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Mumbai

Updated on: Wednesday, May 29, 2019, 01:44 AM IST

Maratha Reservation: Bombay High Court questions ‘rationale’ behind creating separate category

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Mumbai: The Bombay High Court on Friday sought to know the state government’s rationale behind carving out a separate category — Socially and Educationally Backward Class (SEBC) — for Marathas.

The HC questioned the government’s decision, especially after noting that the Marathas could have been included in the Other Backward Class (OBC) category, for availing the benefits of reservation. A division bench of Justices Ranjit More and Bharati Dangre said if both the SEBC and OBC were backward in social and educational aspects, then why was there a need to create a separate category.

“Since you (government) have maintained from the very first day that the SEBC and OBC are one and the same, we want to know why was a new and separate class created?” Justice More asked. “The government could have included Marathas in the OBC and granted the community 16 per cent reservation in the OBC category. Why this segregation?” Justice More further asked.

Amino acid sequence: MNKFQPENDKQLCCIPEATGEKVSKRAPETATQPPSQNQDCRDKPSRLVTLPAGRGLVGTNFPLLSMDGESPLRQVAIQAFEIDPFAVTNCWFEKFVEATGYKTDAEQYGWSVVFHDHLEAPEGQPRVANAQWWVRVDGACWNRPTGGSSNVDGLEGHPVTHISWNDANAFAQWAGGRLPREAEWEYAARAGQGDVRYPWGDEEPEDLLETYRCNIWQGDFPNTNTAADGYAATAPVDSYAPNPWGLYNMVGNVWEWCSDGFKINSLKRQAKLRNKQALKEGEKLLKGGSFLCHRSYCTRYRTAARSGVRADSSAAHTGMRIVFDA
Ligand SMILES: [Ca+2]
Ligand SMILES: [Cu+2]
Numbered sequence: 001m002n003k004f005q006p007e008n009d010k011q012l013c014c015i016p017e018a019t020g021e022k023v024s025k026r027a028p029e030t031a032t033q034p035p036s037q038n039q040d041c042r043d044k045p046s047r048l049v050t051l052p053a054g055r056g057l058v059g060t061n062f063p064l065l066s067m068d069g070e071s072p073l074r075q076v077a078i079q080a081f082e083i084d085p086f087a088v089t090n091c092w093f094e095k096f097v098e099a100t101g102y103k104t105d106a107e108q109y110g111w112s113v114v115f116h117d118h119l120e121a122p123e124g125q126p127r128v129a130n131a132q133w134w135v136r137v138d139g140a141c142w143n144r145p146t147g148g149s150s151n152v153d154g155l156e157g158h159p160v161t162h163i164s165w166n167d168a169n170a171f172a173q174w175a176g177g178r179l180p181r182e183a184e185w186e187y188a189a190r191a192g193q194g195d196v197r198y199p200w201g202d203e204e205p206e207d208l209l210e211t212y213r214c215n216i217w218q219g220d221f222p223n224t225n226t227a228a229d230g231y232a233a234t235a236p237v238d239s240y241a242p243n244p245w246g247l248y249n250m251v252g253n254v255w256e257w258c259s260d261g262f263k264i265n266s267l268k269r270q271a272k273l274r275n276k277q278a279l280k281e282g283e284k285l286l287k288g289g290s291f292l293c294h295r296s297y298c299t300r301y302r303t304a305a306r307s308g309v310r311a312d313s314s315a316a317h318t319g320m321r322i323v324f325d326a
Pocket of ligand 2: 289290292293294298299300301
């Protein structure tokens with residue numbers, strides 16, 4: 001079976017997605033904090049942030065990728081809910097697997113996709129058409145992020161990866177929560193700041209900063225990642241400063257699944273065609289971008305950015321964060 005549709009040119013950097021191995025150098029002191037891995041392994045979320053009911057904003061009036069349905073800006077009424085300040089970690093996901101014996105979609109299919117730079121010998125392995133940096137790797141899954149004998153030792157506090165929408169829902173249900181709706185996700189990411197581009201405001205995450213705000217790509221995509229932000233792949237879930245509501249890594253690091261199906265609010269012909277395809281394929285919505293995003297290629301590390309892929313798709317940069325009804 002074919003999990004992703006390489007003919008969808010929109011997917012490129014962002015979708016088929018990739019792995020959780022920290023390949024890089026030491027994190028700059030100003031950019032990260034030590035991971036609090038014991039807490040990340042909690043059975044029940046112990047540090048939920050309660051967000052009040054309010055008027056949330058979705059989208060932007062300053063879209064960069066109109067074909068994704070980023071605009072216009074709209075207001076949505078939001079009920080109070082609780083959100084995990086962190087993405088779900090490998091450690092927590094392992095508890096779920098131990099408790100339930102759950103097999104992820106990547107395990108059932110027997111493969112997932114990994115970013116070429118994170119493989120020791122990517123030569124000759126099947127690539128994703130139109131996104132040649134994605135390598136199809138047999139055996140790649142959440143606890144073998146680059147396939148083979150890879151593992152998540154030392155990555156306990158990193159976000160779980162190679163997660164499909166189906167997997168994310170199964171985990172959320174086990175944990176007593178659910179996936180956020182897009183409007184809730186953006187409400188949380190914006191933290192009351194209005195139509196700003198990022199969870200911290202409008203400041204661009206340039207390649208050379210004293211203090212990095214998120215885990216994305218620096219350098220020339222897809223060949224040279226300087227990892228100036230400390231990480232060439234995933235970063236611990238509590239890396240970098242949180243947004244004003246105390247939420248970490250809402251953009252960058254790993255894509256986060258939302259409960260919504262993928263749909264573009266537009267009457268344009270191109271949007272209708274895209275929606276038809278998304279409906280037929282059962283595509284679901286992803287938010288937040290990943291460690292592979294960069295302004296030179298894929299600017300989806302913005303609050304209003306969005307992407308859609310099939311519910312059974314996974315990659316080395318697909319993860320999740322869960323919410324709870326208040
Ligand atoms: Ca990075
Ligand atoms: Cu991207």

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Senior counsel Vijaysingh Thorat, appearing for the government, said, it did not intend to give full reservation to the Marathas. “The government’s intention was to give reservation to the Maratha community only in public service and educational institutions. If the Marathas are included in the OBC category, then they would automatically get full reservation, including politics,” Thorat submitted.

“Thus, we were left with no option but to create a separate category,” the former advocate general of Maharashtra, added.
In his brief arguments, Thorat also countered one of the main contentions of the petitioners, that the state government has no powers to grant reservation by virtue of the 102nd amendment to the Constitution of India.

According to this amendment, the President of India is the sole authority to approve reservation to any community. “We agree that the amendment confers special powers to the President but that just does not mean that it takes off all the powers from the state government,” Thorat argued.

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“The state government gets powers from Articles 15 (4) and 16 (4) of the Constitution of India, which confers powers to government to identify backward classes and take measures towards their betterment,” Thorat submitted. The bench will continue to hear the matters on Monday.

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Published on: Saturday, March 02, 2019, 06:37 AM IST
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